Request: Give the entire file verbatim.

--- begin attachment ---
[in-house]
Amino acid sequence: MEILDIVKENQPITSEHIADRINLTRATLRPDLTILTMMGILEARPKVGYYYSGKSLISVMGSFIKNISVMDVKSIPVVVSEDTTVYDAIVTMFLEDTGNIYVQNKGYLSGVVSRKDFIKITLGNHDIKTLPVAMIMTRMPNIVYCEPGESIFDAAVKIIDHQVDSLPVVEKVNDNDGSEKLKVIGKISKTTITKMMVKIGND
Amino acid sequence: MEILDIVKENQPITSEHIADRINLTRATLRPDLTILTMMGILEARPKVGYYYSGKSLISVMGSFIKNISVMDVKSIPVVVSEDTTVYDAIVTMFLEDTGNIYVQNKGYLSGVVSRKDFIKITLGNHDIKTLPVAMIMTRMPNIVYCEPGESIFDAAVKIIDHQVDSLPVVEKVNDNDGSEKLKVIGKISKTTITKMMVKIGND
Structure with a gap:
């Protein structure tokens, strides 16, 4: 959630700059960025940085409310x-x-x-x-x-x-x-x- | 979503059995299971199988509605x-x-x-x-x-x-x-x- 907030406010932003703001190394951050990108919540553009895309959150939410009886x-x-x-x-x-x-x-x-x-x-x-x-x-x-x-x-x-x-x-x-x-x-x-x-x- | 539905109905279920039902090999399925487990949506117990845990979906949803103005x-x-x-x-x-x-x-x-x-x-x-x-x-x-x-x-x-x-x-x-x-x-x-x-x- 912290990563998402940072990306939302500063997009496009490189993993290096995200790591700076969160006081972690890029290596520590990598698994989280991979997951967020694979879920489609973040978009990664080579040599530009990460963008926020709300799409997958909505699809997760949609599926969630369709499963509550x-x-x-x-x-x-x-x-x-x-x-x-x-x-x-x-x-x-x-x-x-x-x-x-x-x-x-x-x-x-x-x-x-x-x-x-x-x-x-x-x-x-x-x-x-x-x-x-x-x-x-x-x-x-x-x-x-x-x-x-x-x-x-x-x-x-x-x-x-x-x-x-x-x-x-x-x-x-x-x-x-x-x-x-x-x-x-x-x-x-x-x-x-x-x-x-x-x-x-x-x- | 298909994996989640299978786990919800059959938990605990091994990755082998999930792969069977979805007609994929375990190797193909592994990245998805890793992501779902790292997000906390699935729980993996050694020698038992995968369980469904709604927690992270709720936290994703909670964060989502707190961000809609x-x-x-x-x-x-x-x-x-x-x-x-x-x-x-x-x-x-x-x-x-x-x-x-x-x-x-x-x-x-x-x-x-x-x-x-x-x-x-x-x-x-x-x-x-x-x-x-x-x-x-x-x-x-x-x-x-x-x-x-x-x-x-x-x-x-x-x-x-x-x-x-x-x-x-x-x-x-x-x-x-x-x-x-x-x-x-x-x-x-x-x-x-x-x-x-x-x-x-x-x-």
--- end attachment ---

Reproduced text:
[in-house]
Amino acid sequence: MEILDIVKENQPITSEHIADRINLTRATLRPDLTILTMMGILEARPKVGYYYSGKSLISVMGSFIKNISVMDVKSIPVVVSEDTTVYDAIVTMFLEDTGNIYVQNKGYLSGVVSRKDFIKITLGNHDIKTLPVAMIMTRMPNIVYCEPGESIFDAAVKIIDHQVDSLPVVEKVNDNDGSEKLKVIGKISKTTITKMMVKIGND
Amino acid sequence: MEILDIVKENQPITSEHIADRINLTRATLRPDLTILTMMGILEARPKVGYYYSGKSLISVMGSFIKNISVMDVKSIPVVVSEDTTVYDAIVTMFLEDTGNIYVQNKGYLSGVVSRKDFIKITLGNHDIKTLPVAMIMTRMPNIVYCEPGESIFDAAVKIIDHQVDSLPVVEKVNDNDGSEKLKVIGKISKTTITKMMVKIGND
Structure with a gap:
């Protein structure tokens, strides 16, 4: 959630700059960025940085409310x-x-x-x-x-x-x-x- | 979503059995299971199988509605x-x-x-x-x-x-x-x- 907030406010932003703001190394951050990108919540553009895309959150939410009886x-x-x-x-x-x-x-x-x-x-x-x-x-x-x-x-x-x-x-x-x-x-x-x-x- | 539905109905279920039902090999399925487990949506117990845990979906949803103005x-x-x-x-x-x-x-x-x-x-x-x-x-x-x-x-x-x-x-x-x-x-x-x-x- 912290990563998402940072990306939302500063997009496009490189993993290096995200790591700076969160006081972690890029290596520590990598698994989280991979997951967020694979879920489609973040978009990664080579040599530009990460963008926020709300799409997958909505699809997760949609599926969630369709499963509550x-x-x-x-x-x-x-x-x-x-x-x-x-x-x-x-x-x-x-x-x-x-x-x-x-x-x-x-x-x-x-x-x-x-x-x-x-x-x-x-x-x-x-x-x-x-x-x-x-x-x-x-x-x-x-x-x-x-x-x-x-x-x-x-x-x-x-x-x-x-x-x-x-x-x-x-x-x-x-x-x-x-x-x-x-x-x-x-x-x-x-x-x-x-x-x-x-x-x-x-x- | 298909994996989640299978786990919800059959938990605990091994990755082998999930792969069977979805007609994929375990190797193909592994990245998805890793992501779902790292997000906390699935729980993996050694020698038992995968369980469904709604927690992270709720936290994703909670964060989502707190961000809609x-x-x-x-x-x-x-x-x-x-x-x-x-x-x-x-x-x-x-x-x-x-x-x-x-x-x-x-x-x-x-x-x-x-x-x-x-x-x-x-x-x-x-x-x-x-x-x-x-x-x-x-x-x-x-x-x-x-x-x-x-x-x-x-x-x-x-x-x-x-x-x-x-x-x-x-x-x-x-x-x-x-x-x-x-x-x-x-x-x-x-x-x-x-x-x-x-x-x-x-x-």